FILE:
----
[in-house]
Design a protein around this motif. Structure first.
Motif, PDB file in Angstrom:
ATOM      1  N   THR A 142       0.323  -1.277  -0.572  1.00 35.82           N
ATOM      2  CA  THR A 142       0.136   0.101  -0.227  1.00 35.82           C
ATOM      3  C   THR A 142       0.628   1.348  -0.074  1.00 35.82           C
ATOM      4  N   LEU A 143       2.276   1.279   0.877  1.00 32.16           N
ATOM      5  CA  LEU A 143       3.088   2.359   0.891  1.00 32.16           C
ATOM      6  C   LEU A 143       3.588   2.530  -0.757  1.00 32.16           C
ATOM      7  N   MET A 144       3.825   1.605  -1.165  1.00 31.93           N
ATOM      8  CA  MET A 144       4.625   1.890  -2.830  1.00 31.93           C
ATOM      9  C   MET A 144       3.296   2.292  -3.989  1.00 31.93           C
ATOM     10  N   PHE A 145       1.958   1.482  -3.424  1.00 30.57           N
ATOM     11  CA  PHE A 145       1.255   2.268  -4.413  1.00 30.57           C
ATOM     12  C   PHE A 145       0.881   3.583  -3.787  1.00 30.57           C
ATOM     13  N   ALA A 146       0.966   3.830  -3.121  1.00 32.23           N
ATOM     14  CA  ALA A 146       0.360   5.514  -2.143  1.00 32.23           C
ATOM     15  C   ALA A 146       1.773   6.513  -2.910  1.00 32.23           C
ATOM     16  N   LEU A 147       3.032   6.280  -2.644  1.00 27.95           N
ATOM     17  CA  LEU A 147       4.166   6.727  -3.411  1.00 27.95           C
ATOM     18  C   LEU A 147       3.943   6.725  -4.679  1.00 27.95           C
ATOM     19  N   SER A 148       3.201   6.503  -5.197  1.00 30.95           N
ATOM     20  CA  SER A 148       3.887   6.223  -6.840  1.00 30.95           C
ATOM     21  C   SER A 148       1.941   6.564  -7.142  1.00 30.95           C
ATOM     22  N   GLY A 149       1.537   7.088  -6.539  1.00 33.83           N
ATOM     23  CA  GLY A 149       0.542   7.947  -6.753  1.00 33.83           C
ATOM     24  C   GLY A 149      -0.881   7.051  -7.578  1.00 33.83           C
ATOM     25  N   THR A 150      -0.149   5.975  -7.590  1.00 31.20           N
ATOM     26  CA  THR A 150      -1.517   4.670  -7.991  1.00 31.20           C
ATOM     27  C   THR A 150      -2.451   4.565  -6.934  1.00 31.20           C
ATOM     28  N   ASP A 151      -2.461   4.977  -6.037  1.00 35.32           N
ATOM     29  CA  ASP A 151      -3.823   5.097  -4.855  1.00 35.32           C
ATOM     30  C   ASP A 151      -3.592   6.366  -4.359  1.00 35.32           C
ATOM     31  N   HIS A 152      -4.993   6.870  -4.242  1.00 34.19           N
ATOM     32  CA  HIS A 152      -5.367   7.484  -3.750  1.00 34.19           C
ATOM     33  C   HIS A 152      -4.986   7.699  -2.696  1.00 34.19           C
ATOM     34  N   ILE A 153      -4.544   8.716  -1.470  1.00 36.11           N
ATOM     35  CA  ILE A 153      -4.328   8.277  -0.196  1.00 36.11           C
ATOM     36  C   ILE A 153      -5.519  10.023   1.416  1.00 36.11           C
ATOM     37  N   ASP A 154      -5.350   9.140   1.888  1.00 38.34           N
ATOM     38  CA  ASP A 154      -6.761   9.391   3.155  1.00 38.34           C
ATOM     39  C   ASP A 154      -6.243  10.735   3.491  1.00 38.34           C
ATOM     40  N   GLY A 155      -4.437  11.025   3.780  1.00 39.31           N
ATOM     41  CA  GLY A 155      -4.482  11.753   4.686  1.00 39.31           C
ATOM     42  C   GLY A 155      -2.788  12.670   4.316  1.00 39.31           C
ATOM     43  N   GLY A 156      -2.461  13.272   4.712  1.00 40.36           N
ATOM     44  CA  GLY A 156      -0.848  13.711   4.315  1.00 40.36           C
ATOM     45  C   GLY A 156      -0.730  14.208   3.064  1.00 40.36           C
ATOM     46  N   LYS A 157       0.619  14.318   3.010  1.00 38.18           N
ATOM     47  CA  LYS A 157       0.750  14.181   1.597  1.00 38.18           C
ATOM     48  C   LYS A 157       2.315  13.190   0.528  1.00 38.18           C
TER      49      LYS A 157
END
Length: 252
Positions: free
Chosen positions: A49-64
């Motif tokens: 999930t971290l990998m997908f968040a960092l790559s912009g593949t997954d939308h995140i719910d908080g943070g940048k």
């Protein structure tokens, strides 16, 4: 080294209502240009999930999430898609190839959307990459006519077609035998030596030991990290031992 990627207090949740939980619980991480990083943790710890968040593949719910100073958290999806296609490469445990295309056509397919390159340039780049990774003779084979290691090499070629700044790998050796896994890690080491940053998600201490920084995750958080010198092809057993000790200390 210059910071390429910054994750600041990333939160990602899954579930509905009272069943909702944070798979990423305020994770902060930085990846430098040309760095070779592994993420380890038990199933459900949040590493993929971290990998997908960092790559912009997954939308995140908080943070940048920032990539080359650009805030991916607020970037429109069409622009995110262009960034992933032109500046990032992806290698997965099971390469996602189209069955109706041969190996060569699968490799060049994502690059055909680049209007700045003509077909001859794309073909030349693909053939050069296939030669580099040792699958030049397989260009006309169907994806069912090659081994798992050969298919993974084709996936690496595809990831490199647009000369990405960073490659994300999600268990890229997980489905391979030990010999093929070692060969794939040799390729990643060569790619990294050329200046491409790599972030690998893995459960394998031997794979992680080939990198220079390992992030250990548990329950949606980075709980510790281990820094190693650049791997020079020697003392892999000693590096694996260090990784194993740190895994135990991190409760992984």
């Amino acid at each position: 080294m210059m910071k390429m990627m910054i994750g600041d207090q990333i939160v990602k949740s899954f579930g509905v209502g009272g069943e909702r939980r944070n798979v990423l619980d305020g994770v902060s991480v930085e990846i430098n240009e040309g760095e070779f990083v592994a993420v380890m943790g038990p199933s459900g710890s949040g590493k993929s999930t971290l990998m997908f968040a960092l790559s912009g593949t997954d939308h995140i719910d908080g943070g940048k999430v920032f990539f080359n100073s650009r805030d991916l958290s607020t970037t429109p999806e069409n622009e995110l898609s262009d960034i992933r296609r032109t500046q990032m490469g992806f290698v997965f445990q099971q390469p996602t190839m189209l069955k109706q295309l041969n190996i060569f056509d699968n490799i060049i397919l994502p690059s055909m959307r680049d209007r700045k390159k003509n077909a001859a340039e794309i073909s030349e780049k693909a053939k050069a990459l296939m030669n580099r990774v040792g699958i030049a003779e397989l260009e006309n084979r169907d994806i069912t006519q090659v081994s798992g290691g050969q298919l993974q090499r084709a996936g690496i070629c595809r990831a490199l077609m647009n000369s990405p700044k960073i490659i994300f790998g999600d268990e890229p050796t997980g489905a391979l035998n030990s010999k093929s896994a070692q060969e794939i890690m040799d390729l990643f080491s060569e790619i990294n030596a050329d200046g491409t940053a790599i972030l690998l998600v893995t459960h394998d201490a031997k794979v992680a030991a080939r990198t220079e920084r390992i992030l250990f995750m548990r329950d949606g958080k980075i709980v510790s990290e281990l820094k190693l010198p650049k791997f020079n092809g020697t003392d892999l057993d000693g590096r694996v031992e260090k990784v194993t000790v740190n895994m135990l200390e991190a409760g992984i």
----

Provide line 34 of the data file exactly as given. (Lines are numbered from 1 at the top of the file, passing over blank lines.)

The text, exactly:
ATOM     31  N   HIS A 152      -4.993   6.870  -4.242  1.00 34.19           N